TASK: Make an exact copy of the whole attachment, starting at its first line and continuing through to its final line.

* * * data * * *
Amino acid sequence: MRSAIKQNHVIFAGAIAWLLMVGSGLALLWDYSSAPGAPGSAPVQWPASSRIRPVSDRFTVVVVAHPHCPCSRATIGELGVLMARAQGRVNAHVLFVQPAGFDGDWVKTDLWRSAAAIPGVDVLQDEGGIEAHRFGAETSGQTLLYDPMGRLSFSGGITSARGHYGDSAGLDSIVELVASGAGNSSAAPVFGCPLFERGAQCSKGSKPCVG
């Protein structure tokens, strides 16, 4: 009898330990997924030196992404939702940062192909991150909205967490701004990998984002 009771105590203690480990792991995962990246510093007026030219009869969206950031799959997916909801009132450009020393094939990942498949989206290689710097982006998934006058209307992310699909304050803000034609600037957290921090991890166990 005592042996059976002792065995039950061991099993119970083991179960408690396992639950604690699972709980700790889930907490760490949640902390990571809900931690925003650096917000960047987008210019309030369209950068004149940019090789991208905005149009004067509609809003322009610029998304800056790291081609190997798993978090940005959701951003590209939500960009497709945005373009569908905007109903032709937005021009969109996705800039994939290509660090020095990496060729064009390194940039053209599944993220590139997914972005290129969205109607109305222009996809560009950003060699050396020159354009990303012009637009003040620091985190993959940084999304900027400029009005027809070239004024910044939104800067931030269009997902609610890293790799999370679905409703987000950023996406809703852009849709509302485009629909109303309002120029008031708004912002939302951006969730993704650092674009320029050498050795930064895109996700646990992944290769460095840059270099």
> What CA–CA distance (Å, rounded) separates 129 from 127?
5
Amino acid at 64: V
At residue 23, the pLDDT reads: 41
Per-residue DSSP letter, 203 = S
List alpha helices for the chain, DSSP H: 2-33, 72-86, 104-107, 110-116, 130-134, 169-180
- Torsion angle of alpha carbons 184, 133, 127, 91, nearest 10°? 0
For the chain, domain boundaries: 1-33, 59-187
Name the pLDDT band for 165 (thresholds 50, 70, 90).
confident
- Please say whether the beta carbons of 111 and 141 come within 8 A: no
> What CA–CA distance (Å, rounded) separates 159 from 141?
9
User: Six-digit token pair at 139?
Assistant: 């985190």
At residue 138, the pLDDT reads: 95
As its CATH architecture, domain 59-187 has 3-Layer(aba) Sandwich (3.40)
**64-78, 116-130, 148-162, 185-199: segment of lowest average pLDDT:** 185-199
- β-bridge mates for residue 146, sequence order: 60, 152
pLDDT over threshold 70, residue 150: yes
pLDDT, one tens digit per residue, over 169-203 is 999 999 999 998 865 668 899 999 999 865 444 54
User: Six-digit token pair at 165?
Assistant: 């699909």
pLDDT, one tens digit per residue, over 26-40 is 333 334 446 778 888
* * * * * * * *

Amino acid sequence: MRSAIKQNHVIFAGAIAWLLMVGSGLALLWDYSSAPGAPGSAPVQWPASSRIRPVSDRFTVVVVAHPHCPCSRATIGELGVLMARAQGRVNAHVLFVQPAGFDGDWVKTDLWRSAAAIPGVDVLQDEGGIEAHRFGAETSGQTLLYDPMGRLSFSGGITSARGHYGDSAGLDSIVELVASGAGNSSAAPVFGCPLFERGAQCSKGSKPCVG
């Protein structure tokens, strides 16, 4: 009898330990997924030196992404939702940062192909991150909205967490701004990998984002 009771105590203690480990792991995962990246510093007026030219009869969206950031799959997916909801009132450009020393094939990942498949989206290689710097982006998934006058209307992310699909304050803000034609600037957290921090991890166990 005592042996059976002792065995039950061991099993119970083991179960408690396992639950604690699972709980700790889930907490760490949640902390990571809900931690925003650096917000960047987008210019309030369209950068004149940019090789991208905005149009004067509609809003322009610029998304800056790291081609190997798993978090940005959701951003590209939500960009497709945005373009569908905007109903032709937005021009969109996705800039994939290509660090020095990496060729064009390194940039053209599944993220590139997914972005290129969205109607109305222009996809560009950003060699050396020159354009990303012009637009003040620091985190993959940084999304900027400029009005027809070239004024910044939104800067931030269009997902609610890293790799999370679905409703987000950023996406809703852009849709509302485009629909109303309002120029008031708004912002939302951006969730993704650092674009320029050498050795930064895109996700646990992944290769460095840059270099």
> What CA–CA distance (Å, rounded) separates 129 from 127?
5
Amino acid at 64: V
At residue 23, the pLDDT reads: 41
Per-residue DSSP letter, 203 = S
List alpha helices for the chain, DSSP H: 2-33, 72-86, 104-107, 110-116, 130-134, 169-180
- Torsion angle of alpha carbons 184, 133, 127, 91, nearest 10°? 0
For the chain, domain boundaries: 1-33, 59-187
Name the pLDDT band for 165 (thresholds 50, 70, 90).
confident
- Please say whether the beta carbons of 111 and 141 come within 8 A: no
> What CA–CA distance (Å, rounded) separates 159 from 141?
9
User: Six-digit token pair at 139?
Assistant: 């985190």
At residue 138, the pLDDT reads: 95
As its CATH architecture, domain 59-187 has 3-Layer(aba) Sandwich (3.40)
**64-78, 116-130, 148-162, 185-199: segment of lowest average pLDDT:** 185-199
- β-bridge mates for residue 146, sequence order: 60, 152
pLDDT over threshold 70, residue 150: yes
pLDDT, one tens digit per residue, over 169-203 is 999 999 999 998 865 668 899 999 999 865 444 54
User: Six-digit token pair at 165?
Assistant: 């699909």
pLDDT, one tens digit per residue, over 26-40 is 333 334 446 778 888